Friday, May 21, 2010

Today's Discovery Documents

586 pages of evidence were released today in the murder case against Casey Anthony, including inventory lists of DNA evidence and materials collected at the site where Caylee was found, in woods off Suburban Drive. There is some speculation that the dump contains lab results from tests run on the Pontiac Sunbird.
Read the document HERE
In a “shades of OJ” moment, there may have been a breakdown in the chain of command the defense team will surely capitalize on by compromising some of the integrity of evidence. Photographs of some of the evidence shows a breach of the seals on packaging. Because of this, the defense may try to get that evidence thrown out, arguing that the evidence could have been contaminated. There is also the issue of evidence collected from the trunk of Casey’s car. One set of communications shows that investigators sent evidence to the Florida Department of Law Enforcement lab, and then onto Wuestoff Reference Laboratories, which specializes in forensic science and DNA testing. The FBI wanted to have all testing of physical evidence sent to their lab. If the private lab had begun testing, the FBI work could not be performed.
If you wondered what happened to Casey’s alleged jail house letters, wonder no more. Every one of them, including envelopes, were sent to the FBI to be analyzed. They are being compared to known samples of her writing, including a letter she sent to former sheriff, Kevin Beary. That was written just months after her arrest.
Meanwhile, it’s been a busy week for her defense team. Last week, prosecutors filed a one page NOTICE OF AGGRAVATING CIRCUMSTANCES listing what it “may” argue, but it came with no explanation of why. Those legal reasons were short and sweet:
1. Florida Statute 921.141(5) (d)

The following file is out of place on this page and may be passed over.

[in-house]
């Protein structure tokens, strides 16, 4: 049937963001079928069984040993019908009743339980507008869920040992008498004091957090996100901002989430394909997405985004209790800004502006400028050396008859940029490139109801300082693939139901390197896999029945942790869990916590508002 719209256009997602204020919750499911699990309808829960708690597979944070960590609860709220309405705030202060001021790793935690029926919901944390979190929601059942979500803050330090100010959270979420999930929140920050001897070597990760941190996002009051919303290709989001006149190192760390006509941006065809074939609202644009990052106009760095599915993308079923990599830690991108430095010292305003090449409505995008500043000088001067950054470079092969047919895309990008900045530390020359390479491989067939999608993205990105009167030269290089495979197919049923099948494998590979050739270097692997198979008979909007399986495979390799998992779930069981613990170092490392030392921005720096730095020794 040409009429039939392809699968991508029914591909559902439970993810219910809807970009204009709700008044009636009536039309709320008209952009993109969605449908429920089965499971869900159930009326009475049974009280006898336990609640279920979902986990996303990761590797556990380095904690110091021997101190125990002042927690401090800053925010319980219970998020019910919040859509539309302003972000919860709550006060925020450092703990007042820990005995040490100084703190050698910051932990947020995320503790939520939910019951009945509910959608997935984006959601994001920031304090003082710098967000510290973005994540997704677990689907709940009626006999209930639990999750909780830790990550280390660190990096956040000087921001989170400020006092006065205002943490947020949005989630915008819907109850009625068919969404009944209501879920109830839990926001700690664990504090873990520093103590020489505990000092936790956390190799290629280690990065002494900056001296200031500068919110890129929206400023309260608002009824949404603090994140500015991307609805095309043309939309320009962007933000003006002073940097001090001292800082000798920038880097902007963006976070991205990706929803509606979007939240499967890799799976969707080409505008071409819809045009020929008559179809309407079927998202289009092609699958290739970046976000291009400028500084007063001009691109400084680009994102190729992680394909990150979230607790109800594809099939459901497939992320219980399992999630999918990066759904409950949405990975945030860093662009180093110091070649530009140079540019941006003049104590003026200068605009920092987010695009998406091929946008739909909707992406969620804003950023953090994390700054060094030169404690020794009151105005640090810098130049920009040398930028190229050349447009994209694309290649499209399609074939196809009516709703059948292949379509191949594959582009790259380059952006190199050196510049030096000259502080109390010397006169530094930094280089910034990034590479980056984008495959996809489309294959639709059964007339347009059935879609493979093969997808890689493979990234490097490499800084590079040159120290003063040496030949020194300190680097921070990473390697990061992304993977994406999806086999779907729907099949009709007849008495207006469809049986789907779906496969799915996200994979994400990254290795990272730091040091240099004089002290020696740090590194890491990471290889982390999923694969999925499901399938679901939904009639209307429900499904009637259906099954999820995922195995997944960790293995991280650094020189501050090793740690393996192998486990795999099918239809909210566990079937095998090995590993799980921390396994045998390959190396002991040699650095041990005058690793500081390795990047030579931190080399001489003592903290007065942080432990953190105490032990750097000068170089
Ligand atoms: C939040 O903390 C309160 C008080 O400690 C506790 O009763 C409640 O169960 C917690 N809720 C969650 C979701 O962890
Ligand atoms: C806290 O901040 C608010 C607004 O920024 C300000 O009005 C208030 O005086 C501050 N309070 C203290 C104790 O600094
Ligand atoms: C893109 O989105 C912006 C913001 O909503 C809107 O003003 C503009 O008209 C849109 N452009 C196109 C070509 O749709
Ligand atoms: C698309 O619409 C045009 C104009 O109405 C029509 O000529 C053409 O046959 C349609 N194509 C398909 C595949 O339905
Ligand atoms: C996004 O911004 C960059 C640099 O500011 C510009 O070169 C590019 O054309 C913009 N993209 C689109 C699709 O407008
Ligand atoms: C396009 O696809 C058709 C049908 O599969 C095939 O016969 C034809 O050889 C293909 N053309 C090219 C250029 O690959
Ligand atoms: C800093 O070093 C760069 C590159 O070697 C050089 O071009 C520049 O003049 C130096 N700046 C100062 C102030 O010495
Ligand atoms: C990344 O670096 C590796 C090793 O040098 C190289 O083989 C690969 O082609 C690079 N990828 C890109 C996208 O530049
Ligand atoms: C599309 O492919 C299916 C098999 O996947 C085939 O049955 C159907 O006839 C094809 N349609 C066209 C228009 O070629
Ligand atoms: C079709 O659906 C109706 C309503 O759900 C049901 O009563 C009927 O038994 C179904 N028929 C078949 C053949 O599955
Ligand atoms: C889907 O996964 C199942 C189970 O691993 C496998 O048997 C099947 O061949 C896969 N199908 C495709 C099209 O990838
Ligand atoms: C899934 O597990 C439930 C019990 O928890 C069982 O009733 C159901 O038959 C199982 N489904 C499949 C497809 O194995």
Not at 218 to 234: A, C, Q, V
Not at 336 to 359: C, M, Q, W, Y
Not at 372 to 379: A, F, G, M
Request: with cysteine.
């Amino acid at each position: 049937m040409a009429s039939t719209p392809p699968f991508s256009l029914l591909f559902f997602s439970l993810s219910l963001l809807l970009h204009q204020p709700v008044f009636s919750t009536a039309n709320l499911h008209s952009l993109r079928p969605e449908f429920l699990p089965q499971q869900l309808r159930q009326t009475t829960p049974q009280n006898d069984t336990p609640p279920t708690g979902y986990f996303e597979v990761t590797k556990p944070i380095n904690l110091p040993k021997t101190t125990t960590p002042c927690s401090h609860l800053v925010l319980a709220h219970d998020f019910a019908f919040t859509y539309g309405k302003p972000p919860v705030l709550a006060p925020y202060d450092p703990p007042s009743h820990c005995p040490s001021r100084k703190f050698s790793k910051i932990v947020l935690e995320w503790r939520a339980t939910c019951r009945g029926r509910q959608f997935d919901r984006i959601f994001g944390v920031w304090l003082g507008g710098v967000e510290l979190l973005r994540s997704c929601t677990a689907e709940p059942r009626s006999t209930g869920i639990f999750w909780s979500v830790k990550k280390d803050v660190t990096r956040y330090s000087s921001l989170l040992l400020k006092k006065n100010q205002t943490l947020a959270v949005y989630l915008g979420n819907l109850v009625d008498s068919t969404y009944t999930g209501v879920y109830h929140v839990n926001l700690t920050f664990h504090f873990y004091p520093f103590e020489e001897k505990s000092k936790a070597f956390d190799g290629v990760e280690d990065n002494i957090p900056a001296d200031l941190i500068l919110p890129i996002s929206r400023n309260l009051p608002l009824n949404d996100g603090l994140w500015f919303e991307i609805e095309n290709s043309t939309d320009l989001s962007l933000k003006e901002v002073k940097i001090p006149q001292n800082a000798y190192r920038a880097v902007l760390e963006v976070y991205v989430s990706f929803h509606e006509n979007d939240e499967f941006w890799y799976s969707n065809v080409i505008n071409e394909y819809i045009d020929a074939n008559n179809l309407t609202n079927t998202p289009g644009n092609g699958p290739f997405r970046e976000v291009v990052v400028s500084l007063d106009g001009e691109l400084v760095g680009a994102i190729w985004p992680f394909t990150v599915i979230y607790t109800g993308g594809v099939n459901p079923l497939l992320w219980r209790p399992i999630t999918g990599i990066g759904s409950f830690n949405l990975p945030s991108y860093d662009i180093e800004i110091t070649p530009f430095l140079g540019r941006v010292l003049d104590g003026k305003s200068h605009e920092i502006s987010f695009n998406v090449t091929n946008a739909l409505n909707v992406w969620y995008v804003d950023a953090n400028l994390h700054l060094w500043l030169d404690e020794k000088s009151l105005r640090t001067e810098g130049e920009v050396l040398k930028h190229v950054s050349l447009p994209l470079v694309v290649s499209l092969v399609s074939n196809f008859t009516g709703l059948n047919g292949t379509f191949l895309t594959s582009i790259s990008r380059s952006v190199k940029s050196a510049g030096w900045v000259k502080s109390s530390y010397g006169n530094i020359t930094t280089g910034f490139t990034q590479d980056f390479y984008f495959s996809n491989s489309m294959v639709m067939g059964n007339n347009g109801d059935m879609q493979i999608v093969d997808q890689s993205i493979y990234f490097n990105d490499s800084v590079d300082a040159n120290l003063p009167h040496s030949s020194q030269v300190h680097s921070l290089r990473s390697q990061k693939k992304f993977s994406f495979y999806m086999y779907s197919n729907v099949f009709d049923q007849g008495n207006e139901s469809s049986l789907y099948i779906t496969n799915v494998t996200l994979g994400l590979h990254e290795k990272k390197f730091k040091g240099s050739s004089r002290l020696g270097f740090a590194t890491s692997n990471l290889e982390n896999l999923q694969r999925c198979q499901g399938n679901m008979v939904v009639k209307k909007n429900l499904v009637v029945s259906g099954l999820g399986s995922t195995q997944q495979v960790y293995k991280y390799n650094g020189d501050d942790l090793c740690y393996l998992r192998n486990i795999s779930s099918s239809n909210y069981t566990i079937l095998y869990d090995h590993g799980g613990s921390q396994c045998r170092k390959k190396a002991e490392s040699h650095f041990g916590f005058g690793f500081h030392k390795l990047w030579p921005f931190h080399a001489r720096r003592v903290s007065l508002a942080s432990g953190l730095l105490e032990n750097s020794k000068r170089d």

The capital felony was committed while the defendant was engaged, or was an accomplice, in the commission of, or an attempt to commit, or flight after committing or attempting to commit, any: robbery; sexual battery; aggravated child abuse; abuse of an elderly person or disabled adult resulting in great bodily harm, permanent disability, or permanent disfigurement; arson; burglary; kidnapping; aircraft piracy; or unlawful throwing, placing, or discharging of a destructive device or bomb.
2. Florida statute 921.141(5) (h)
The capital felony was especially heinous, atrocious, or cruel.
3. Florida Statute 921.141(5) (I)
The capital felony was a homicide and was committed in a cold, calculated, and premeditated manner without any pretense of moral or legal justification.
4. Florida Statute 921.141(5) (l)
The victim of the capital felony was a person less than 12 years of age.
5. Florida Statute 921.141(5) (m)
The victim of the capital felony was particularly vulnerable due to advanced age or disability, or because the defendant stood in a position of familial or custodial authority over the victim.
All five apply in this case, and yesterday, Jose Baez filed a MOTION TO STRIKE STATE’S NOTICE OF AGGRAVATING CIRCUMSTANCES. In the motion, he argues that “imposed a duty on the state to disclose to the defense… a bill of particulars. The state failed to comply with this order in several respects.”
Among several respects, Baez claimed that “the state failed to provide any indication of the evidence it intends to rely on to prove the existence of these aggravating factors.”
On Tuesday, Casey’s defense team, led by Linda Kenney Baden filed a SUPPLEMENTAL MOTION TO COMPEL FORENSIC DISCOVERY compelling the prosecution to provide Casey with “certain forensic discovery” from Oak Ridge National Laboratory, the University of Tennessee. Baden cited documents and e-mails between her and Jeff Ashton. Oak Ridge ran “sniff tests” on Casey’s car that concluded the air had signs of decomposition. The defense is calling it experimental research.